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Posted on July 28, 2015 by in Community, Personal

Recently, in trying to make my phone more efficient, I deleted some apps I didn’t use. Then, a few hours later, one of them popped back up in the same spot in my app lineup, like a hard-to-kill zombie.

After some research, I realized that I wasn’t alone. Many people have trouble when attempting to permanently delete unwanted apps.

The problem is more than an annoyance. Since some apps can harbor unwanted “features” —which could collect data on you without your knowledge—it’s important to know how to completely uninstall apps so that they no longer pose a security threat.

How to Uninstall Apps

There are two main types of apps on a smartphone or tablet: the kind you install yourself, and the ones that come pre-installed from the device manufacturer.

For the latter type, sometimes called “bloatware,” it’s likely that you can’t delete them—or at least, not easily. If you try, you’ll get a message letting you know it was “disabled” and not uninstalled. There are tactics that will let you remove them permanently, as long as you’re willing to get your hands dirty, and potentially void your warranty. In general, though, it’s easiest to disable these apps, since that will stop them from taking up system resources and running in the background.

In terms of reducing security risks, you’ll want to focus most on apps you’ve downloaded, this is because the manufacturer apps (originally installed on your device) are designed to stay put. The process will depend on what kind of operating system you have: iOS, Android or Windows. Here are some good guides that can walk you through the steps for each:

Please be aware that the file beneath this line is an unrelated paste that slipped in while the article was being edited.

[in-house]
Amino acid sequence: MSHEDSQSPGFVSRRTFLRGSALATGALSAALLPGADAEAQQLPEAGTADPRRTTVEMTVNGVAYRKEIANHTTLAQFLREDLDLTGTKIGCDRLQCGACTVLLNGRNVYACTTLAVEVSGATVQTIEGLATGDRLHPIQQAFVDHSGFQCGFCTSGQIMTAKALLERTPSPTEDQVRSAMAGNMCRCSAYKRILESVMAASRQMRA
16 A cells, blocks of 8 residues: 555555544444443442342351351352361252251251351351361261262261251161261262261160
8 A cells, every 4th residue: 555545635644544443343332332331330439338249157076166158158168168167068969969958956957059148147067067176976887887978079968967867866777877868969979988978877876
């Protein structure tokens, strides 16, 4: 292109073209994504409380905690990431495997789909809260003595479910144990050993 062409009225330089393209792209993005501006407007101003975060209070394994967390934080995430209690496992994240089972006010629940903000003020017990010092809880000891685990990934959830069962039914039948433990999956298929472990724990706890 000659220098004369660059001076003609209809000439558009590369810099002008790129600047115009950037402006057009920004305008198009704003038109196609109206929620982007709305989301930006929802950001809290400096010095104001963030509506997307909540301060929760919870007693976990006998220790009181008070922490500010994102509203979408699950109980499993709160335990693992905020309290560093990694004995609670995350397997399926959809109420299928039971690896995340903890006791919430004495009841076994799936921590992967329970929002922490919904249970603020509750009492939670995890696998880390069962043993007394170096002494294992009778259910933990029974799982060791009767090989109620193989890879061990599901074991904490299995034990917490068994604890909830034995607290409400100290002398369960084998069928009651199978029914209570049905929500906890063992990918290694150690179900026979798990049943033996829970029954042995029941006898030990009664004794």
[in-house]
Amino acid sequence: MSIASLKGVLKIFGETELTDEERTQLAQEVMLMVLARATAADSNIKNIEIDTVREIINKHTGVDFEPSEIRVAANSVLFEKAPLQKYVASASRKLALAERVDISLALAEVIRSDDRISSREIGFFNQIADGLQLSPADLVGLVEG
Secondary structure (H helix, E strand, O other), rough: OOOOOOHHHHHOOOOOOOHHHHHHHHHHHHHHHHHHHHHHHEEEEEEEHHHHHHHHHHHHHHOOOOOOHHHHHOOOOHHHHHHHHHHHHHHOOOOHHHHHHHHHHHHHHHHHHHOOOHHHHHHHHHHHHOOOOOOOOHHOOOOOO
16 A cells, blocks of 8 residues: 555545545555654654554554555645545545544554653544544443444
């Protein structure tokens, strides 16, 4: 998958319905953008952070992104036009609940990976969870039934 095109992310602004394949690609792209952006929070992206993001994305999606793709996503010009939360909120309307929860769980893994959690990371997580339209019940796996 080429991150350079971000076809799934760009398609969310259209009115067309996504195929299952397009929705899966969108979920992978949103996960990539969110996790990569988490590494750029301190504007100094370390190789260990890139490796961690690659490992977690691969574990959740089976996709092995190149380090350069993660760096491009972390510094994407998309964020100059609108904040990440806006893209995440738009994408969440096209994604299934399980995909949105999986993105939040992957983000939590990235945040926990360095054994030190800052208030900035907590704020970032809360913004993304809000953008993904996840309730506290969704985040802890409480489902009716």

• iPhone or iPad — These have a basic deletion process, where you press and hold the app icon for a few seconds until it “wiggles,” and then you can hit the “X” that appears in the corner of the app and delete it. But for more advanced deletions, check out this advice, which also covers deletion of pre-installed apps.
  • Android devices — For these, you navigate to the settings menu and find the apps submenu. From there, swipe right to the “all apps” list and choose the ones you’d like to uninstall or disable. Google offers a guide for how to uninstall apps specifically for Android devices.
  • Windows devices — To uninstall apps and games, go to the Start menu and swipe left to get to the app list. Tap and hold the icon, and the system will give you the option to uninstall. Just choose “yes” and it should remove the app.

Don’t Forget Your Synced Devices

In addition to deleting apps from your phone or tablet, keep in mind that if you sync your device to a computer, the apps might live in both locations, which is why a seemingly “uninstalled” app might pop back up later. Make sure that when you’re deleting apps, you’re scrubbing the program from every system. Delete the app from each device separately, and double-check the devices to make sure you’ve completely removed the app from all digital locations.

The best protection, though, is a healthy dose of prevention. That means you should thoroughly research apps before installing them, so you know what you are placing on your system. Read user reviews to uncover any security concerns and always download from a trusted site.

Even with good security practices, though, malicious apps can sometimes still infiltrate your systems. Because of this, consider enrolling in a product like IdentityForce’s UltraSecure, which monitors your personal information 24/7 and notifies you quickly of any suspicious activity. If any identity theft damage does occur, IdentityForce will be with you every step of the way to help you restore your identity.

Image courtesy of Flickr user Cristiano Betta.